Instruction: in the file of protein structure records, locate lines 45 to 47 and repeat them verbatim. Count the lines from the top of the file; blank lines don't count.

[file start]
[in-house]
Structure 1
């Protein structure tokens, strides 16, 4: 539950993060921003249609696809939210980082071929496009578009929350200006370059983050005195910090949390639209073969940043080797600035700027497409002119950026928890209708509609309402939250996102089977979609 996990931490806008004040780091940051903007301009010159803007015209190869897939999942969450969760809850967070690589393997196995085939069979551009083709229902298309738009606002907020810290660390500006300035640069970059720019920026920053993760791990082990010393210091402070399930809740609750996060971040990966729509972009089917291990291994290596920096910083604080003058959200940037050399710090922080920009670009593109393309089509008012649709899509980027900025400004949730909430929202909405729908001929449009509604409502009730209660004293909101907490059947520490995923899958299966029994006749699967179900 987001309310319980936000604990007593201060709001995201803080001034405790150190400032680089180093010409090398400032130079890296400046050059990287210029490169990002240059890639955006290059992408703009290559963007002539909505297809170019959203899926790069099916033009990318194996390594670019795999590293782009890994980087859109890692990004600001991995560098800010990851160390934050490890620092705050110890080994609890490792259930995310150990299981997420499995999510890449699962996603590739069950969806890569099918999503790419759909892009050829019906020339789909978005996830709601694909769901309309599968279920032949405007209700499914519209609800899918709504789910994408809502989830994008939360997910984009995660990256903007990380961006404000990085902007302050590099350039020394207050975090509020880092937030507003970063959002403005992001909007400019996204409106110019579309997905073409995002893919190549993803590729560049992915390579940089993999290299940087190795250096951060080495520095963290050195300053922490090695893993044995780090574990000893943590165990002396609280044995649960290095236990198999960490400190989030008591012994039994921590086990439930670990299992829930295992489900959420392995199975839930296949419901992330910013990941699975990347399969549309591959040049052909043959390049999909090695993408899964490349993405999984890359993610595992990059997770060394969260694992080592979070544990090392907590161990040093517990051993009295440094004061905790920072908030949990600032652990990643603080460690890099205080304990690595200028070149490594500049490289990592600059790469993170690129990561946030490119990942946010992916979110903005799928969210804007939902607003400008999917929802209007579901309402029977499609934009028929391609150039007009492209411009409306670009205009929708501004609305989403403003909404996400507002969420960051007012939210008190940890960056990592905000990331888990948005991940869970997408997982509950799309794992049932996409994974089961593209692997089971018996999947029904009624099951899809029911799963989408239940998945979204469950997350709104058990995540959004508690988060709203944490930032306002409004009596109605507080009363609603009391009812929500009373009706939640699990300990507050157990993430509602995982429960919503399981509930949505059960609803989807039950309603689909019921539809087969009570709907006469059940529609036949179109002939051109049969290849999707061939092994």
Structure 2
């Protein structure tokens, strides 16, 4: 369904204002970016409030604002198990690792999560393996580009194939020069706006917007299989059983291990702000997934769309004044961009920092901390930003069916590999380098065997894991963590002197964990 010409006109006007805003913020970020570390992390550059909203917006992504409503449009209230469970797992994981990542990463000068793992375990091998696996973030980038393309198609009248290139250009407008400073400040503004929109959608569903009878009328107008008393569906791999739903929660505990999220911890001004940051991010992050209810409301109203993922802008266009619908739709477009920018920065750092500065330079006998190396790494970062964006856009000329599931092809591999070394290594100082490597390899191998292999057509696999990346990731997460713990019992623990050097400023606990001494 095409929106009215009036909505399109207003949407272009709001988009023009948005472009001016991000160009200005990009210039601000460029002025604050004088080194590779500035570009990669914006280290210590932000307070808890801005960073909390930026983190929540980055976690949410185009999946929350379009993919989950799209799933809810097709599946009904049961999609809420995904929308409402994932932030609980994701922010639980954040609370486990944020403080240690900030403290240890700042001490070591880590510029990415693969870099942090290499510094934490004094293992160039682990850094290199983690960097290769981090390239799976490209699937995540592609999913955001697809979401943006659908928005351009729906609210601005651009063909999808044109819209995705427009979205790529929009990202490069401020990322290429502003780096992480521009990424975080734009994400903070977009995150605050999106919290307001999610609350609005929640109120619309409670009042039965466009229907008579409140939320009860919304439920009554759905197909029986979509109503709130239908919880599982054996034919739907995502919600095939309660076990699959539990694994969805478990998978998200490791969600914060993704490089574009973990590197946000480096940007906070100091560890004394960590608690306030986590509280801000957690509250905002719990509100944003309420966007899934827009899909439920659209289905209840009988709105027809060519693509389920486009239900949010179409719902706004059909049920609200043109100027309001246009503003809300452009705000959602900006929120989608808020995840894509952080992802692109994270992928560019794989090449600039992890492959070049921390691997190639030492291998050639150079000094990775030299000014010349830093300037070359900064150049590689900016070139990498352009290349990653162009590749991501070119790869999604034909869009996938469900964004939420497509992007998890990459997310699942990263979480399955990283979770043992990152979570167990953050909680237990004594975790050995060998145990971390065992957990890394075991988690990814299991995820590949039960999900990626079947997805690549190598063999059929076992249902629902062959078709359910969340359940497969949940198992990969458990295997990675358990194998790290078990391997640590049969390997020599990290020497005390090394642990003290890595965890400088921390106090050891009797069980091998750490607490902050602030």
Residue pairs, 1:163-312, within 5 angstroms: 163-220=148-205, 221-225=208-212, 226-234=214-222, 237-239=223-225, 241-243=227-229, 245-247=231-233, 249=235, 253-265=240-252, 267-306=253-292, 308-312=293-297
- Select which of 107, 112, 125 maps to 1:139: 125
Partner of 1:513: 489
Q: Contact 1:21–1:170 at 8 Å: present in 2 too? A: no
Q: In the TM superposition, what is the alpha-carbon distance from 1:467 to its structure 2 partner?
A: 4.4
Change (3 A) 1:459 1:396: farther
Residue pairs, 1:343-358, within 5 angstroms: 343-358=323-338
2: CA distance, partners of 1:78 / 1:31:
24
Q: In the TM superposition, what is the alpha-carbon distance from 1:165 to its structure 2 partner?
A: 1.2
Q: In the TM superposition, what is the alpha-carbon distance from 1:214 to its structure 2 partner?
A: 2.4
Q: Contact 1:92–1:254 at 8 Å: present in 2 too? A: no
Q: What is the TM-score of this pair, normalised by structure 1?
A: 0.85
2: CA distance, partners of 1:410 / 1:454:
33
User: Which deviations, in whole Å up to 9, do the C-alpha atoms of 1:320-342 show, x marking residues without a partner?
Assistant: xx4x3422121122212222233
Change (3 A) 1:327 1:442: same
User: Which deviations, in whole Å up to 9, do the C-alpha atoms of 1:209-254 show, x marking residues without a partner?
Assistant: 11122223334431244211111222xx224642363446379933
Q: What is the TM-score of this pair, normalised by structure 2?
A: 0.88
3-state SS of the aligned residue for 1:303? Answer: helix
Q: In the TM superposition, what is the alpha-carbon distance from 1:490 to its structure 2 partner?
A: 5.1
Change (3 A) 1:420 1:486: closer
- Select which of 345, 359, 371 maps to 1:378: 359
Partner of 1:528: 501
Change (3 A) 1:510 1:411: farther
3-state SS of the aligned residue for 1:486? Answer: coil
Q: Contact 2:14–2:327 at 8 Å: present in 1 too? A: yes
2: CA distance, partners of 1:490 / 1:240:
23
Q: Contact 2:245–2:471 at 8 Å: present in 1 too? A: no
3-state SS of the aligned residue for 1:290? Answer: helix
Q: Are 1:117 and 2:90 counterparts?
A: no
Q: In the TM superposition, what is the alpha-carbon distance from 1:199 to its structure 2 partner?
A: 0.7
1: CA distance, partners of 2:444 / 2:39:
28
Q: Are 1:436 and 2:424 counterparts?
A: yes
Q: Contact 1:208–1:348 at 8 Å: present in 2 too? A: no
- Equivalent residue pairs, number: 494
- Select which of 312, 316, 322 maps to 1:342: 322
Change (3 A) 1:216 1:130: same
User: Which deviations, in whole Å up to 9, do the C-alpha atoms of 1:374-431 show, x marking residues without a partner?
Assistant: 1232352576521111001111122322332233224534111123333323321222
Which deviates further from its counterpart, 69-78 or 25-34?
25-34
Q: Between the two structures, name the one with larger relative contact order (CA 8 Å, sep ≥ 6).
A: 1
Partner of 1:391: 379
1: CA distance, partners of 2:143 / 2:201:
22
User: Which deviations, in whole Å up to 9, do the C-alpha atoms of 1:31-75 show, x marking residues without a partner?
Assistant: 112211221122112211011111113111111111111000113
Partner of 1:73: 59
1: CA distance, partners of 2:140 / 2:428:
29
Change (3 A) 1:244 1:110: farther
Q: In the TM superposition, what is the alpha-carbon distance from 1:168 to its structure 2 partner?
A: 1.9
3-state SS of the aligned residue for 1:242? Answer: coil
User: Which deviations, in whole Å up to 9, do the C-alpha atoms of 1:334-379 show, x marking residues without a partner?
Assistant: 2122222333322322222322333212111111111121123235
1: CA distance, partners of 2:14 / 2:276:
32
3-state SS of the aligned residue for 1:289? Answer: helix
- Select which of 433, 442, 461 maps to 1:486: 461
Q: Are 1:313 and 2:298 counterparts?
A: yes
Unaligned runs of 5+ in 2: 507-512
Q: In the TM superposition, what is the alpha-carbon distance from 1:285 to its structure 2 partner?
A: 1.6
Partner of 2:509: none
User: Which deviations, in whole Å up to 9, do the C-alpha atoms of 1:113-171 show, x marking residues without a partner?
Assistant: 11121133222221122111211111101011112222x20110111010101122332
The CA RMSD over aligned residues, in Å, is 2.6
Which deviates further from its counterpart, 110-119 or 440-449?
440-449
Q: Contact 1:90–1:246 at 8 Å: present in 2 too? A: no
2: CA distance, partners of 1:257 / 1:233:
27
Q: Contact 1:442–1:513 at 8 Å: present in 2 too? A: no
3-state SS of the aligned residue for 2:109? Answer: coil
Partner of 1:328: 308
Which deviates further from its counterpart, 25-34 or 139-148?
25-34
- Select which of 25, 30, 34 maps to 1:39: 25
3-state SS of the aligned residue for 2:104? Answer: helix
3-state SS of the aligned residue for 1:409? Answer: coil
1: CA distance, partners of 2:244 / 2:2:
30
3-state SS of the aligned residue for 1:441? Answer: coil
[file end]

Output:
Q: Are 1:117 and 2:90 counterparts?
A: no
Q: In the TM superposition, what is the alpha-carbon distance from 1:199 to its structure 2 partner?